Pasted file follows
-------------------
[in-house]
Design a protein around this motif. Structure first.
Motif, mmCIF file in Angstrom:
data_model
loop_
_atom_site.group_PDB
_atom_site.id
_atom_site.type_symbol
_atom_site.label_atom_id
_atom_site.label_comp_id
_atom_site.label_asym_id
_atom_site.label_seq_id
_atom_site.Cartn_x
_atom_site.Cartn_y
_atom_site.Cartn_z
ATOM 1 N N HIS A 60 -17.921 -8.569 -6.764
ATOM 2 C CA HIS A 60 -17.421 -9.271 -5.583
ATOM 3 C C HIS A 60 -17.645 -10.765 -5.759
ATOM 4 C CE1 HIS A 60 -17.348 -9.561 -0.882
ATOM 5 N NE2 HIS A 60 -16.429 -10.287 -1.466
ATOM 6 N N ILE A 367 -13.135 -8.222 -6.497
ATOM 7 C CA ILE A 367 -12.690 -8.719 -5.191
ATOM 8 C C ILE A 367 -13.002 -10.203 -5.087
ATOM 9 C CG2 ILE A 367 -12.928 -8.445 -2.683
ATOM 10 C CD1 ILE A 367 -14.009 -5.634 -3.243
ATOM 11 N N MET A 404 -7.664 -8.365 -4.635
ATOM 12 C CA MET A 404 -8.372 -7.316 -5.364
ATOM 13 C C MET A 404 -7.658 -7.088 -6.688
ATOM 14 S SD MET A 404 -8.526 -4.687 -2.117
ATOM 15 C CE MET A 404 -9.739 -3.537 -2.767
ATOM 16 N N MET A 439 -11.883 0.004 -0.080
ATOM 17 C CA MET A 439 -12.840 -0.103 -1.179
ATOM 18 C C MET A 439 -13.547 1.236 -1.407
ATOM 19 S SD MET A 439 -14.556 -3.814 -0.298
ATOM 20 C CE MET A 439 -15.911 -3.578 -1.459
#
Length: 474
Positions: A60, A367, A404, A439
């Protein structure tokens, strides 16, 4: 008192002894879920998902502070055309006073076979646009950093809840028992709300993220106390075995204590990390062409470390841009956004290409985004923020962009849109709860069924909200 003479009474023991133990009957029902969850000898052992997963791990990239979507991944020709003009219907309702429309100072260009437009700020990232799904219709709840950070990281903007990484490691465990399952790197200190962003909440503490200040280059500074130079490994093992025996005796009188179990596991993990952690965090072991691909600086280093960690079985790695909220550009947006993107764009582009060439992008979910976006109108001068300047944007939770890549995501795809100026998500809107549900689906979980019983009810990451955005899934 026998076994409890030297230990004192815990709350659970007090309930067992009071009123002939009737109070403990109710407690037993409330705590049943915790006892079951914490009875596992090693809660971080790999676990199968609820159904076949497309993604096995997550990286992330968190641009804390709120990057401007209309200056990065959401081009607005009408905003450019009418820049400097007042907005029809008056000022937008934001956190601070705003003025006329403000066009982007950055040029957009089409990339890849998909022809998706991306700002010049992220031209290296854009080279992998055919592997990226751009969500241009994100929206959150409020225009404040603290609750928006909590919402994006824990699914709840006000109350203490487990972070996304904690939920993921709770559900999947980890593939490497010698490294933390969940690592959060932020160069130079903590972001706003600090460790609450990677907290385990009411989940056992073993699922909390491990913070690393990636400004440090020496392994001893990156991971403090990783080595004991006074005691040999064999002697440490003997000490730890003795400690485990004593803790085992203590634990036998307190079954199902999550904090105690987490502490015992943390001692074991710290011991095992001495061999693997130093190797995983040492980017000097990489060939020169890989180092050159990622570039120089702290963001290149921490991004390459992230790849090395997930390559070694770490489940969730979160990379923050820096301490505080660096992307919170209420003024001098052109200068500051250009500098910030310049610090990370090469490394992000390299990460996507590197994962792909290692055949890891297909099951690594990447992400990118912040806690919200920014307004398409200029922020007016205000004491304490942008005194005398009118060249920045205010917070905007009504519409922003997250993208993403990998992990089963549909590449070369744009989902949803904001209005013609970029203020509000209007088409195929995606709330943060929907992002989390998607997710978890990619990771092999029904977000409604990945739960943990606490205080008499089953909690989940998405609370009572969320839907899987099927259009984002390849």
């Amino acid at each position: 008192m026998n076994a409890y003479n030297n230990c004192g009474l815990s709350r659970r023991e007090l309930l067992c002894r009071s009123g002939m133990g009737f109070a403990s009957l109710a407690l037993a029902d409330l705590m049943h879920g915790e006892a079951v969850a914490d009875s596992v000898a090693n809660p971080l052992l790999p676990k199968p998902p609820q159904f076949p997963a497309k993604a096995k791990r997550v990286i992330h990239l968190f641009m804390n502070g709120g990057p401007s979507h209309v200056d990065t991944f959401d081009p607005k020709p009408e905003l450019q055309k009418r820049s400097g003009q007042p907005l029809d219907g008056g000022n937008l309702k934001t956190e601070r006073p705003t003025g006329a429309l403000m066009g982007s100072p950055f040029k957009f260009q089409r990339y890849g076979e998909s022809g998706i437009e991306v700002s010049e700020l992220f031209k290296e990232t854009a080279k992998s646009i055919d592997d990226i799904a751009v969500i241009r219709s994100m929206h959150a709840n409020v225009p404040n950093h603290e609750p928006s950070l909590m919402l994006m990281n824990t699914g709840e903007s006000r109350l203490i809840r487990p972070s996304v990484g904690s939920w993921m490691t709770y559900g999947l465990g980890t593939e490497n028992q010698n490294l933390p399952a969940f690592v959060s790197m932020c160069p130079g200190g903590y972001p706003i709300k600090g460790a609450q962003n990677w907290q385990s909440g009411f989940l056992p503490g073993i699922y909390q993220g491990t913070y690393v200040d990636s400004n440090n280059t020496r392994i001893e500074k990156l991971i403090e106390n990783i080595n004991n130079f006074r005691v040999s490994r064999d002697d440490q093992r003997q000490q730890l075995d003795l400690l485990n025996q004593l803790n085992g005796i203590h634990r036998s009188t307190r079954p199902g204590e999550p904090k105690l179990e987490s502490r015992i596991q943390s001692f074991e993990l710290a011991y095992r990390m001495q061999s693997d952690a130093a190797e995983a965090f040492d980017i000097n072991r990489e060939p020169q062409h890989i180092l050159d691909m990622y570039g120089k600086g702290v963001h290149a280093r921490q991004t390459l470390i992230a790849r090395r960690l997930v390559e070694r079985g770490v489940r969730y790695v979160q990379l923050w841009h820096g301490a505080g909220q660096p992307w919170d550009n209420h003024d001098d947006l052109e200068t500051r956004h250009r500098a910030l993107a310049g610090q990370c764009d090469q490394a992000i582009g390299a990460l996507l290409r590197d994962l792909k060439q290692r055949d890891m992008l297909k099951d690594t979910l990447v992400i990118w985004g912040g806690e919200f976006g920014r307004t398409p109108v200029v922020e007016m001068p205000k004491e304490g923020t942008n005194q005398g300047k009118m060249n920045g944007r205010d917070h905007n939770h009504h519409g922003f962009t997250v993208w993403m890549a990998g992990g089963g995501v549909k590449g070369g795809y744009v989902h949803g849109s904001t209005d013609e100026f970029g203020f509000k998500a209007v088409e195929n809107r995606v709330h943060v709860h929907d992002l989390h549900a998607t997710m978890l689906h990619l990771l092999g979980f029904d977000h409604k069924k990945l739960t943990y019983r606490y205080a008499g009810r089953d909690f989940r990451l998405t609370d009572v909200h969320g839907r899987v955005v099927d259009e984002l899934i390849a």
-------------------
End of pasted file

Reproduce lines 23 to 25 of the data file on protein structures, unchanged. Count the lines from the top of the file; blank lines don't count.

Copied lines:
ATOM 8 C C ILE A 367 -13.002 -10.203 -5.087
ATOM 9 C CG2 ILE A 367 -12.928 -8.445 -2.683
ATOM 10 C CD1 ILE A 367 -14.009 -5.634 -3.243